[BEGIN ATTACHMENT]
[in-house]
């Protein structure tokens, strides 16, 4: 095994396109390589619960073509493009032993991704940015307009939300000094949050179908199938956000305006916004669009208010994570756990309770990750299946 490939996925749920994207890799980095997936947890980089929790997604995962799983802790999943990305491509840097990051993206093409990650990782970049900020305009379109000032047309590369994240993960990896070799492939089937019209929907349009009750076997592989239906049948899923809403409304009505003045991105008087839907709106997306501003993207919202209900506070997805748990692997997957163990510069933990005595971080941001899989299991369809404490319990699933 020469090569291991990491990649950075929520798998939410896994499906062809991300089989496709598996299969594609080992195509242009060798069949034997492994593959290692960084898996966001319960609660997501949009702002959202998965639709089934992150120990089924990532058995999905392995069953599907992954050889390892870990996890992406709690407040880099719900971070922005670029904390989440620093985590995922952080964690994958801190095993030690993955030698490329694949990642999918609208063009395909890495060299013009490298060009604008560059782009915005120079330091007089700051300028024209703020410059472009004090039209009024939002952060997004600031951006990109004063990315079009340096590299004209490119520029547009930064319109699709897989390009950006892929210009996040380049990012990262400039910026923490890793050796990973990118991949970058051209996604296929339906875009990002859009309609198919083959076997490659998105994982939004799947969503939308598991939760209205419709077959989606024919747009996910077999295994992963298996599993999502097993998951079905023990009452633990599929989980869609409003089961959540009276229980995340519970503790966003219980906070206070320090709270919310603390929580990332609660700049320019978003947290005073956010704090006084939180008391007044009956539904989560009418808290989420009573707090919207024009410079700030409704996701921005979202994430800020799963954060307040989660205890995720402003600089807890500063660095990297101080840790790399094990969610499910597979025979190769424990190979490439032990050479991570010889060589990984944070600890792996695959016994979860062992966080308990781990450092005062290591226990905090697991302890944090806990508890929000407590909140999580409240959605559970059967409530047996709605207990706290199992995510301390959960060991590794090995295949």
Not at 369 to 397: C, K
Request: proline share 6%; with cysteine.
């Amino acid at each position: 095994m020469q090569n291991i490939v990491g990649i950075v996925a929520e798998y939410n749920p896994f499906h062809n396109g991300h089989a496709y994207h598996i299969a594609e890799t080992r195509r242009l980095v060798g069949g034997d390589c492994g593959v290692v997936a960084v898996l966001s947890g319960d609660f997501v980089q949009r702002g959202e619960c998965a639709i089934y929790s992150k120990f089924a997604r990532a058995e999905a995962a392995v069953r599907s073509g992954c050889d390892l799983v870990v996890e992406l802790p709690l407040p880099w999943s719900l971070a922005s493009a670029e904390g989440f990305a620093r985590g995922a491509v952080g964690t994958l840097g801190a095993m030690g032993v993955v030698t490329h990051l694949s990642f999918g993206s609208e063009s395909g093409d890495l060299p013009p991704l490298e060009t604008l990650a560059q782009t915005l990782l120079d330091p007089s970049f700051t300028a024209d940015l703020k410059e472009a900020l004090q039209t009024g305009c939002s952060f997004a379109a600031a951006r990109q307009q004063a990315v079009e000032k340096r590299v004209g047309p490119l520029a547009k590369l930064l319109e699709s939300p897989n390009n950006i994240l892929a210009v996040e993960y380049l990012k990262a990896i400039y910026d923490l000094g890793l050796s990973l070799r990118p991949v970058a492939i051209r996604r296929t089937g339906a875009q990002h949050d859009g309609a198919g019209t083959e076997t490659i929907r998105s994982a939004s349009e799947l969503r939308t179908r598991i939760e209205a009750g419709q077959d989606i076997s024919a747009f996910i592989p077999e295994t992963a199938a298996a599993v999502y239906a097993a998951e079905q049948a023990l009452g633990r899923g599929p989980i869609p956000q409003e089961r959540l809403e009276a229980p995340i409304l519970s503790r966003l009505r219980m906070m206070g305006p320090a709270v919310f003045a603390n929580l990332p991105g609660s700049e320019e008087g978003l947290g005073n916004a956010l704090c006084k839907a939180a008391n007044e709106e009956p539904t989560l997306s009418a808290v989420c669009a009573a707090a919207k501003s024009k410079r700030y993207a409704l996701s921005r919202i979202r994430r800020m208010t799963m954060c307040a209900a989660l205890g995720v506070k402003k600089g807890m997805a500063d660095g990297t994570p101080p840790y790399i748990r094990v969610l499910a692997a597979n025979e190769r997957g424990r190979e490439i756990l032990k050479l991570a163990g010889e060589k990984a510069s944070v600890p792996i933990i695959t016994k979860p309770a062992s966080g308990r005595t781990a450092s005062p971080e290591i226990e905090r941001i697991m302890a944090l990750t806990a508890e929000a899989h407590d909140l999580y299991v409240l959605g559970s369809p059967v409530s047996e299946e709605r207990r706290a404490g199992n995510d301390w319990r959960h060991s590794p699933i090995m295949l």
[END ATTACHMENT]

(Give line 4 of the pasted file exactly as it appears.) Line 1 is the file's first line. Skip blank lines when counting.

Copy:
Request: proline share 6%; with cysteine.